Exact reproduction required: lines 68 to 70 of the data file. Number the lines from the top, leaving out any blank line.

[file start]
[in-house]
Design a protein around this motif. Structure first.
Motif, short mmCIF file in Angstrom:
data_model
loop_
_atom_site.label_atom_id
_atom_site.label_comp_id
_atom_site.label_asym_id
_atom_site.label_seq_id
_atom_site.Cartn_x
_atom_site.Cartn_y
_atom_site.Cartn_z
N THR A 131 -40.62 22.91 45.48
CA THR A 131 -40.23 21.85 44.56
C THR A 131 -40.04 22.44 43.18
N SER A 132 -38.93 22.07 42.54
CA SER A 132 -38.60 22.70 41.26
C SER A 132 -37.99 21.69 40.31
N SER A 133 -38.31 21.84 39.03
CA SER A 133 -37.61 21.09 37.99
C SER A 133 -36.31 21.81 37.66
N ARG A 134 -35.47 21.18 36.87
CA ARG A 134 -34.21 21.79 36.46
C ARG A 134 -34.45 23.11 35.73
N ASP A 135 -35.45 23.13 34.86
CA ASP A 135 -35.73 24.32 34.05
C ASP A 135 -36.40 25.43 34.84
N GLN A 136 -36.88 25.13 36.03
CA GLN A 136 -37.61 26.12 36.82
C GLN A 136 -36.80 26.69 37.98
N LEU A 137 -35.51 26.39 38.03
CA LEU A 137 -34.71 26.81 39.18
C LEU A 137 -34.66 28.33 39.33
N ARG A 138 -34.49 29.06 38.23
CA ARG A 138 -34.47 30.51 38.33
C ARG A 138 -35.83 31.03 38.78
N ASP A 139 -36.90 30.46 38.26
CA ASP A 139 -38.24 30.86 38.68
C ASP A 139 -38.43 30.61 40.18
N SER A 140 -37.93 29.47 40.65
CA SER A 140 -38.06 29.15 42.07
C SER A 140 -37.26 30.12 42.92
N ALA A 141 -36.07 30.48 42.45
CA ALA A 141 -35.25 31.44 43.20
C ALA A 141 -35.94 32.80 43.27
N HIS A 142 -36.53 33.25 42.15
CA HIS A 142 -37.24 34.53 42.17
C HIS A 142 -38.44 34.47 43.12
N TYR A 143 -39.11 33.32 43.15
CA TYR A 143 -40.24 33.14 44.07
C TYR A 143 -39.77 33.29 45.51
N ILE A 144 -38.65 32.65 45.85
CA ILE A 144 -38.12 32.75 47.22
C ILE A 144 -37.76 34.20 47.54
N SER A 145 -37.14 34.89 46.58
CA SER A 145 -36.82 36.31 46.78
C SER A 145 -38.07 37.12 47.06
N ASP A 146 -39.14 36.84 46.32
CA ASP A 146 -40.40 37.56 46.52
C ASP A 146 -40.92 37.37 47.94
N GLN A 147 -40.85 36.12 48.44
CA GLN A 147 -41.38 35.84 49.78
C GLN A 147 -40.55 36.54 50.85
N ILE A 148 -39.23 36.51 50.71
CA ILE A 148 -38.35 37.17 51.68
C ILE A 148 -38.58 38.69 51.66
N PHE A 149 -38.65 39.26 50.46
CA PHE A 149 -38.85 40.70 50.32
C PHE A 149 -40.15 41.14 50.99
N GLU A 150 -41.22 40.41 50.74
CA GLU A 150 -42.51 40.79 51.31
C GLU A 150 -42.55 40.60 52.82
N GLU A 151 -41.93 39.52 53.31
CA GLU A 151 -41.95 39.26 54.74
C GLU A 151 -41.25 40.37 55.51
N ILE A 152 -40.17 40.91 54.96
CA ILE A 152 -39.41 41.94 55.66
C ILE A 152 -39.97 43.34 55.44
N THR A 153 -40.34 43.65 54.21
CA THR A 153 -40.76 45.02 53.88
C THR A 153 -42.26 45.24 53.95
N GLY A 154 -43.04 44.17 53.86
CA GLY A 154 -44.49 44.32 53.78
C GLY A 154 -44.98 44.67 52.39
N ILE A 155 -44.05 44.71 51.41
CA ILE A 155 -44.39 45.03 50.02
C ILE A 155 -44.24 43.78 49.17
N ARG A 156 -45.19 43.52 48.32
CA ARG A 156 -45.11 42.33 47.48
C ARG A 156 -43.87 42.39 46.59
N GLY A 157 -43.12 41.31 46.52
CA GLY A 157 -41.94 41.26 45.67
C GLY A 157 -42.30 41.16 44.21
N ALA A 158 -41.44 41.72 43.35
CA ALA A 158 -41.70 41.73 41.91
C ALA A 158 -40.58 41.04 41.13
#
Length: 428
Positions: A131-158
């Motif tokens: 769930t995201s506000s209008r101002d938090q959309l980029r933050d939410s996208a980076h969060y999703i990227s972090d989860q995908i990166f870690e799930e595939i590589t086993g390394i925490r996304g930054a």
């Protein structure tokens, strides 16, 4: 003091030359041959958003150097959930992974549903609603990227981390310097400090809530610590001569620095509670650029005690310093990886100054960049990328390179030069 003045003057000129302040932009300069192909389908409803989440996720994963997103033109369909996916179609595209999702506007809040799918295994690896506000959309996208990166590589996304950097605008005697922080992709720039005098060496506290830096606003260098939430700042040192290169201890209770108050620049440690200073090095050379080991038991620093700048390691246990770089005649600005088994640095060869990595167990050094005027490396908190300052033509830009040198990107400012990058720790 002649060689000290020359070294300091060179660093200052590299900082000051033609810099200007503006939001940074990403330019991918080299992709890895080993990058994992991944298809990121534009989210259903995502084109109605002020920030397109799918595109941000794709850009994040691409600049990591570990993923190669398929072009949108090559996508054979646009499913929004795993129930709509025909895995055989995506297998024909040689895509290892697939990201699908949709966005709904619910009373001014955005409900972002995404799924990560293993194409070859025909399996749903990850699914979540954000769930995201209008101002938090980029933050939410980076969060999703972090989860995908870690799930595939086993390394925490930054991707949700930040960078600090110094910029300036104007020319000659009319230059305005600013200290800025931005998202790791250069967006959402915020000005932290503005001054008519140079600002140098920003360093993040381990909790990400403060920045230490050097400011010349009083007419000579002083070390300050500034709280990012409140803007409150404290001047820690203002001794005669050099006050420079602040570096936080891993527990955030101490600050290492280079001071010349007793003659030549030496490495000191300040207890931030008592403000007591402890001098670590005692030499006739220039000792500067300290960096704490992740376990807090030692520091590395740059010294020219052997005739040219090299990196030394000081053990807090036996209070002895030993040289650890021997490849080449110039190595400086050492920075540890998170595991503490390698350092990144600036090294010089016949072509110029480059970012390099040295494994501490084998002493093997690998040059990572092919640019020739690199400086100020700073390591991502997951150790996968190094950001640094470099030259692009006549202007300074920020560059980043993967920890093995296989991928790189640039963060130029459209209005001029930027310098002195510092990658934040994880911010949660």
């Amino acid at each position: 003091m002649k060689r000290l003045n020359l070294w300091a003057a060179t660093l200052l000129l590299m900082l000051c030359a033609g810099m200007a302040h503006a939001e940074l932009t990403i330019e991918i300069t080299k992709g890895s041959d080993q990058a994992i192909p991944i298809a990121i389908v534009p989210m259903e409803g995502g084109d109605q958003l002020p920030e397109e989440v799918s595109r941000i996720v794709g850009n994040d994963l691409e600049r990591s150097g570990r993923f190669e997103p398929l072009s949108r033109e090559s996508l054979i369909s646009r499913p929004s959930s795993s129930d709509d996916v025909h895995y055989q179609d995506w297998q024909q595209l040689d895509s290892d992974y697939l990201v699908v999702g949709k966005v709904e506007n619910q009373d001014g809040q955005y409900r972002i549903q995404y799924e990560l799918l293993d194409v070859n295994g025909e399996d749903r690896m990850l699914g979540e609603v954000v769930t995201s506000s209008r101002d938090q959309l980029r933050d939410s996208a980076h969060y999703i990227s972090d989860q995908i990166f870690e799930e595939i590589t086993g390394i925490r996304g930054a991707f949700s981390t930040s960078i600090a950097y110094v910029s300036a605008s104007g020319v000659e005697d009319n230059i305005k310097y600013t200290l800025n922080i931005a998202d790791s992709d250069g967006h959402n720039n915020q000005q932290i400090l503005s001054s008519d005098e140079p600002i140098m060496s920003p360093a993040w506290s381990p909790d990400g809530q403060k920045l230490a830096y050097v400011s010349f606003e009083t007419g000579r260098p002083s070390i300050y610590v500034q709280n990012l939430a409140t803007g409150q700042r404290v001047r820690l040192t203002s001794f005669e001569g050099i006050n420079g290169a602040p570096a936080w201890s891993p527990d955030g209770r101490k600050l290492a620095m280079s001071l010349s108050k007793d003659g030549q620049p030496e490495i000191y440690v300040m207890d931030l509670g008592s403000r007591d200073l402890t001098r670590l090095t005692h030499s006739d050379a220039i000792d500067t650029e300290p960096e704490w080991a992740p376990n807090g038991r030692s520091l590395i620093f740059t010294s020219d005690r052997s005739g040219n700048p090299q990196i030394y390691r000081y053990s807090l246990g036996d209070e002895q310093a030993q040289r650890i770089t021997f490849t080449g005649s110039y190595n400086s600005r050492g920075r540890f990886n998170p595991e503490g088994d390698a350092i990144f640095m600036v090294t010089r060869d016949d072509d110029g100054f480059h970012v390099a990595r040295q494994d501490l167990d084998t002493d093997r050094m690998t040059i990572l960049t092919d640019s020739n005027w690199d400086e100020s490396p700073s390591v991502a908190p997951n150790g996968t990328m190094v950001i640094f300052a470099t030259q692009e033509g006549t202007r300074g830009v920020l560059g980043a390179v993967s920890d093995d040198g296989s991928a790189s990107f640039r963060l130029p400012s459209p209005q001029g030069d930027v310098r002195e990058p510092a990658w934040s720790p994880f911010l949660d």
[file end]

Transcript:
CA PHE A 149 -38.85 40.70 50.32
C PHE A 149 -40.15 41.14 50.99
N GLU A 150 -41.22 40.41 50.74